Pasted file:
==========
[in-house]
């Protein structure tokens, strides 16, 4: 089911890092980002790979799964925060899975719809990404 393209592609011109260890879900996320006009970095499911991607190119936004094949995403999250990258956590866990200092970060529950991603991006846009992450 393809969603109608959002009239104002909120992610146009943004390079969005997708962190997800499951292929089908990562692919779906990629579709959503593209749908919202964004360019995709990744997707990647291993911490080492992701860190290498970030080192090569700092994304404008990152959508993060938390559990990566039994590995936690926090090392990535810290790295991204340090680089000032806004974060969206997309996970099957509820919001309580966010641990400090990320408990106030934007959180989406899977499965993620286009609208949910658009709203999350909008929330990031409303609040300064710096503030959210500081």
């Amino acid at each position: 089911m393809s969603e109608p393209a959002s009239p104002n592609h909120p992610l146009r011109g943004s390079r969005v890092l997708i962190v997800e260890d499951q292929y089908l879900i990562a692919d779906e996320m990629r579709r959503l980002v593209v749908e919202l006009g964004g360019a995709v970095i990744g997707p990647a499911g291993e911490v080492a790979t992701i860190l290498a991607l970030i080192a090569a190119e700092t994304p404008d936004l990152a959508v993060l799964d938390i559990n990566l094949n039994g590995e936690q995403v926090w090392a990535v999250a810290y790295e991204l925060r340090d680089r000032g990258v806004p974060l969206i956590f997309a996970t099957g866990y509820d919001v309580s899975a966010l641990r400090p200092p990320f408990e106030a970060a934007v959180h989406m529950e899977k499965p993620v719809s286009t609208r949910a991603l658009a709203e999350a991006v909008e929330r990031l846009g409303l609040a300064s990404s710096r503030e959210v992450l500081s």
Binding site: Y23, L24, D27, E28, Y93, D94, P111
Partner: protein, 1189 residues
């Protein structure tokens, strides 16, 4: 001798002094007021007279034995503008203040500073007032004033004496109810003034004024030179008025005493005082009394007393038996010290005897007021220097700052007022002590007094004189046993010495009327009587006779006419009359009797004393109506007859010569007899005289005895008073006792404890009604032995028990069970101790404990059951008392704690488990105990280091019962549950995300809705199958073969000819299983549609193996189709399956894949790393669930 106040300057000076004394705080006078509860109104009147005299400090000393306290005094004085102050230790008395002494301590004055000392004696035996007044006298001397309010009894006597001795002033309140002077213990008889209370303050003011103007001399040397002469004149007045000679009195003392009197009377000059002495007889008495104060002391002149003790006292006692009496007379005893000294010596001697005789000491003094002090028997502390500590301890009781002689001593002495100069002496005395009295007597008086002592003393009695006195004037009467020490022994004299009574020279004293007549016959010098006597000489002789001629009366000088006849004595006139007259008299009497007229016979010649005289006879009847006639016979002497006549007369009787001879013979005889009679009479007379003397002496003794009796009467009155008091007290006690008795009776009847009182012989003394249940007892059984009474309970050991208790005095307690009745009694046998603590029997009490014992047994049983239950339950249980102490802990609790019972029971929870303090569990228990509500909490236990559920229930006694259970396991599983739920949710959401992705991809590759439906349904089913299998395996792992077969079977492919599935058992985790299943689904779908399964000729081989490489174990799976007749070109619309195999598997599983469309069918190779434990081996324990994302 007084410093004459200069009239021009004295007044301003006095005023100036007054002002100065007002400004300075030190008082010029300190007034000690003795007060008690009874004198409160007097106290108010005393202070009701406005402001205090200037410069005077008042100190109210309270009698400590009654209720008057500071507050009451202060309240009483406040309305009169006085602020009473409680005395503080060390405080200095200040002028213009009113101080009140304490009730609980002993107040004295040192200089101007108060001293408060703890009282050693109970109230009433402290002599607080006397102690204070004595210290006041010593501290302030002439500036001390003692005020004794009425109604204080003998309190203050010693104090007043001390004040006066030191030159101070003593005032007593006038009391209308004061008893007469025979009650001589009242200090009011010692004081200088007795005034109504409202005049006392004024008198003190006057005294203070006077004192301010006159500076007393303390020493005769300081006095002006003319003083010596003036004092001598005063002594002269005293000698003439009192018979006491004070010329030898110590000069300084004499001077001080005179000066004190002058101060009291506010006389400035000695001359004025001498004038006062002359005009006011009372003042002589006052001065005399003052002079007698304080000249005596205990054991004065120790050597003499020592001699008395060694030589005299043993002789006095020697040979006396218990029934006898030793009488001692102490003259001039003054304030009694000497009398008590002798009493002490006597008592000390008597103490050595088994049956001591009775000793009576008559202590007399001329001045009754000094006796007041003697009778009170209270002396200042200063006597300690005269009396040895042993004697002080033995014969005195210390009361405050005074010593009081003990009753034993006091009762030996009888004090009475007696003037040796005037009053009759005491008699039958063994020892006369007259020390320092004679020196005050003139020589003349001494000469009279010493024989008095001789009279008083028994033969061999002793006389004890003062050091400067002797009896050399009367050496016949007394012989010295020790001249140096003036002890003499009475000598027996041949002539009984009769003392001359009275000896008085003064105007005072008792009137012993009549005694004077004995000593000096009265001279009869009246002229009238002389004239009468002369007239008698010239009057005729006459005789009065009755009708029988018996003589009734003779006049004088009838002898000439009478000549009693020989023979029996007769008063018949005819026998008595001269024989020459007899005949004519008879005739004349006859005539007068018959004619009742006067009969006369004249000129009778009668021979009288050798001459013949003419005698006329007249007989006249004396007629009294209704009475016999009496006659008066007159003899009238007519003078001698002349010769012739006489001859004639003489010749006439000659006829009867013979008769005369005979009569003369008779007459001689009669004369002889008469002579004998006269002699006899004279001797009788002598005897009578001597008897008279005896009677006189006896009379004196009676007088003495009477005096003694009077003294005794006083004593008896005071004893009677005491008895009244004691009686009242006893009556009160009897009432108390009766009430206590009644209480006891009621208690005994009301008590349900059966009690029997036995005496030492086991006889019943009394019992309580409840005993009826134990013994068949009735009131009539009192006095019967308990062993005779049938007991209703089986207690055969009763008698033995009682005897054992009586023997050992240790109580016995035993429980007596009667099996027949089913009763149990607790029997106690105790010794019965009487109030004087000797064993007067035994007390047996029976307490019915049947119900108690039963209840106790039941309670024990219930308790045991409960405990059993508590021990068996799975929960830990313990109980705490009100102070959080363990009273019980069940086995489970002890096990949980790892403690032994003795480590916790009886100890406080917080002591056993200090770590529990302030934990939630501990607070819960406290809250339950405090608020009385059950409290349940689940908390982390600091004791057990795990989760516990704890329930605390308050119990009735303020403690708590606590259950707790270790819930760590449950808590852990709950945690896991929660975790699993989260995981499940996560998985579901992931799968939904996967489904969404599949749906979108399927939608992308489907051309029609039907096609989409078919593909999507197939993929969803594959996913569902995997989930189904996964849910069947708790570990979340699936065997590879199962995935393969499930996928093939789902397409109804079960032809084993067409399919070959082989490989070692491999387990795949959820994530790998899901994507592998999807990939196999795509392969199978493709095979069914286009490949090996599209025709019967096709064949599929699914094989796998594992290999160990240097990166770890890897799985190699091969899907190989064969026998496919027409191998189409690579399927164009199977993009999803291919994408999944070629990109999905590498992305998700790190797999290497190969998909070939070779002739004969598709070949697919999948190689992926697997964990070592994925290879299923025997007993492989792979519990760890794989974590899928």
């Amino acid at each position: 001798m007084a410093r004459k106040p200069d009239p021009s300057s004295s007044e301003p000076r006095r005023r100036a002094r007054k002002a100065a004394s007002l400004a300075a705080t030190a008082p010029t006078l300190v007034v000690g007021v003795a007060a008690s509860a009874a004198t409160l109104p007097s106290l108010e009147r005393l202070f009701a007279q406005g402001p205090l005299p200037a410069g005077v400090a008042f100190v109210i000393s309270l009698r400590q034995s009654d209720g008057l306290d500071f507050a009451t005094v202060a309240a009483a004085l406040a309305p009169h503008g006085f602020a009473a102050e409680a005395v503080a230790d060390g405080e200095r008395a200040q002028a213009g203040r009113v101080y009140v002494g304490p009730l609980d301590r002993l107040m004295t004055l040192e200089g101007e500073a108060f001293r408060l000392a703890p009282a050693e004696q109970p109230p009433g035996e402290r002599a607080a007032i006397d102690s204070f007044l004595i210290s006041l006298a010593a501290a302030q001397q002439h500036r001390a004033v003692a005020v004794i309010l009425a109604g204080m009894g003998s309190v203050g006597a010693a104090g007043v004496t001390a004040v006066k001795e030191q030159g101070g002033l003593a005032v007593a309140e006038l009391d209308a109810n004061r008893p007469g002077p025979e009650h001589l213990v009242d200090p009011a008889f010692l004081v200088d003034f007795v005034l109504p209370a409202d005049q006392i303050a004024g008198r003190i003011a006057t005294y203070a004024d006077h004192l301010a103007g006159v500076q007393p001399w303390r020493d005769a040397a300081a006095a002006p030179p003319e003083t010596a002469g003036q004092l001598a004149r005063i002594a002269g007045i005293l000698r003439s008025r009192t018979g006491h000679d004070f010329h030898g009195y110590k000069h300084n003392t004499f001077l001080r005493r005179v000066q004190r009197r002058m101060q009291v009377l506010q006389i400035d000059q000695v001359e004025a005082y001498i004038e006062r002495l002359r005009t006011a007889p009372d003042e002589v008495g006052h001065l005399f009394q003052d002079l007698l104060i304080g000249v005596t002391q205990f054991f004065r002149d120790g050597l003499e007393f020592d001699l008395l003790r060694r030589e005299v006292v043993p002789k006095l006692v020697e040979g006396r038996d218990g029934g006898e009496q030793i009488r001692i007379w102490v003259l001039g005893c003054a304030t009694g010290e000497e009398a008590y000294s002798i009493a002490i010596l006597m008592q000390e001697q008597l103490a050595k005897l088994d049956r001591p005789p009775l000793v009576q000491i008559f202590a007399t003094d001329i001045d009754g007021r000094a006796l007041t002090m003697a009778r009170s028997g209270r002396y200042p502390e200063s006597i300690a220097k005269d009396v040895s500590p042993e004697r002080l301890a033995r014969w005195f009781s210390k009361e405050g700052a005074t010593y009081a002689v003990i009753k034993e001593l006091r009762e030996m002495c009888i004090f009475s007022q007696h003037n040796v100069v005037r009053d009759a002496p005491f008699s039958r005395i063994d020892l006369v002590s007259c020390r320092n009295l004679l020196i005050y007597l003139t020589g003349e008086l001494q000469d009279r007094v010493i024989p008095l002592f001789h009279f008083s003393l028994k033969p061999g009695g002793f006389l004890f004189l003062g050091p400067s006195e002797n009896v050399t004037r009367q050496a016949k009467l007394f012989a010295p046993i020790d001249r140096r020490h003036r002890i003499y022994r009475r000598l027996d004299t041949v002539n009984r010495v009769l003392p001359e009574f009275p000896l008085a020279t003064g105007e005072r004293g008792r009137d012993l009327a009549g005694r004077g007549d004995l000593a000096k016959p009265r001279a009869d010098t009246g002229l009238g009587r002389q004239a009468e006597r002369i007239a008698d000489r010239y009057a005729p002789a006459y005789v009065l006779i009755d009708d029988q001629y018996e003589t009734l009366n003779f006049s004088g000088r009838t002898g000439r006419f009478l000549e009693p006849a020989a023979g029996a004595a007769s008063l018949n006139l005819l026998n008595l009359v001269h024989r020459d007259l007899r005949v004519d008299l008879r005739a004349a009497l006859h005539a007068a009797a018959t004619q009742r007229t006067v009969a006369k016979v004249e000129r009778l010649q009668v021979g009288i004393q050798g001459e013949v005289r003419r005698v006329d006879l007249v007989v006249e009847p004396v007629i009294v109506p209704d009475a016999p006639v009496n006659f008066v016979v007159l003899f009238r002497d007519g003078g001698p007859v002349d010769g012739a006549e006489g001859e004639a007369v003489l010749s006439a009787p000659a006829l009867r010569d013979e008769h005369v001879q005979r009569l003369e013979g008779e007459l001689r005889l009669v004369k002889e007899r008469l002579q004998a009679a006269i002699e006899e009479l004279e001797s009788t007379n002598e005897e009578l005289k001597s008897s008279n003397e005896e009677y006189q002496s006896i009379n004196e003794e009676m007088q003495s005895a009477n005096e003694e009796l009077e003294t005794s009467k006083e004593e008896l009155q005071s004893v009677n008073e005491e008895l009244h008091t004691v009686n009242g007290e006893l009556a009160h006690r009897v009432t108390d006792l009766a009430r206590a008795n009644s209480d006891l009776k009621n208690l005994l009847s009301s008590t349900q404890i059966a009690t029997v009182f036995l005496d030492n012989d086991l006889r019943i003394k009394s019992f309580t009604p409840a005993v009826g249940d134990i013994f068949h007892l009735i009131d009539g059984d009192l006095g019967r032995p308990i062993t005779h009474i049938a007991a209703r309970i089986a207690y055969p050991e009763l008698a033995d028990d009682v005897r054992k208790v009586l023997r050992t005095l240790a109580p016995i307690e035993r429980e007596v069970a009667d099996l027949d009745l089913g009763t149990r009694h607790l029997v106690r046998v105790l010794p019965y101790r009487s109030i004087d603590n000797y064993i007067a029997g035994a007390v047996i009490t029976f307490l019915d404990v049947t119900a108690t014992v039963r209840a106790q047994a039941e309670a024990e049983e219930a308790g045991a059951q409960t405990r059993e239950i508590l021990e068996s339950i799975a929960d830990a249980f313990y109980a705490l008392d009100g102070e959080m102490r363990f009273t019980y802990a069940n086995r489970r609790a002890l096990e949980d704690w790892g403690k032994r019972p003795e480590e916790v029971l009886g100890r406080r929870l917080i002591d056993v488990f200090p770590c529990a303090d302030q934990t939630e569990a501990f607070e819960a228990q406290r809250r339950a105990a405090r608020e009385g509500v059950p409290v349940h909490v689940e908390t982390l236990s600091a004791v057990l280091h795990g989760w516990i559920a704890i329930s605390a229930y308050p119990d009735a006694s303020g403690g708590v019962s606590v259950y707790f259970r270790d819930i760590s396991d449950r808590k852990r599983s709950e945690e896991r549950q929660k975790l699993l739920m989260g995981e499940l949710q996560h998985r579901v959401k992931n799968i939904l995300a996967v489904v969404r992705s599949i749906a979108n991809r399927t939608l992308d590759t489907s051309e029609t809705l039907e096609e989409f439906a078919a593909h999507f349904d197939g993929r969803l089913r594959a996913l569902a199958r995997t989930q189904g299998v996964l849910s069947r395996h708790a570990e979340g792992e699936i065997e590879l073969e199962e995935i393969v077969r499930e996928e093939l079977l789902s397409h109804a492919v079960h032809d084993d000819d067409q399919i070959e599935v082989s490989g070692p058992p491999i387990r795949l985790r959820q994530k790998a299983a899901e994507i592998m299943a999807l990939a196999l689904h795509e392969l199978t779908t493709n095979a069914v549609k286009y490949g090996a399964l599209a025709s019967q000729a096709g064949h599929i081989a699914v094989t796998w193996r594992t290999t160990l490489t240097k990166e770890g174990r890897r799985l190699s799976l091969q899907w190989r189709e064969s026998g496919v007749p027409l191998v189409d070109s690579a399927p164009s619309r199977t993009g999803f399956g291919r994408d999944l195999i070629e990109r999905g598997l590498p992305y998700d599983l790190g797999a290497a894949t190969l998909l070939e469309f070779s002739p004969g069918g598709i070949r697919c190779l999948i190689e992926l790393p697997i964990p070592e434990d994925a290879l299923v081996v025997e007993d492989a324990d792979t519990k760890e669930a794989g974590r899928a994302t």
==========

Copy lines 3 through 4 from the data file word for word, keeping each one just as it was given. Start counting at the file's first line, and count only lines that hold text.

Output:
């Amino acid at each position: 089911m393809s969603e109608p393209a959002s009239p104002n592609h909120p992610l146009r011109g943004s390079r969005v890092l997708i962190v997800e260890d499951q292929y089908l879900i990562a692919d779906e996320m990629r579709r959503l980002v593209v749908e919202l006009g964004g360019a995709v970095i990744g997707p990647a499911g291993e911490v080492a790979t992701i860190l290498a991607l970030i080192a090569a190119e700092t994304p404008d936004l990152a959508v993060l799964d938390i559990n990566l094949n039994g590995e936690q995403v926090w090392a990535v999250a810290y790295e991204l925060r340090d680089r000032g990258v806004p974060l969206i956590f997309a996970t099957g866990y509820d919001v309580s899975a966010l641990r400090p200092p990320f408990e106030a970060a934007v959180h989406m529950e899977k499965p993620v719809s286009t609208r949910a991603l658009a709203e999350a991006v909008e929330r990031l846009g409303l609040a300064s990404s710096r503030e959210v992450l500081s």
Binding site: Y23, L24, D27, E28, Y93, D94, P111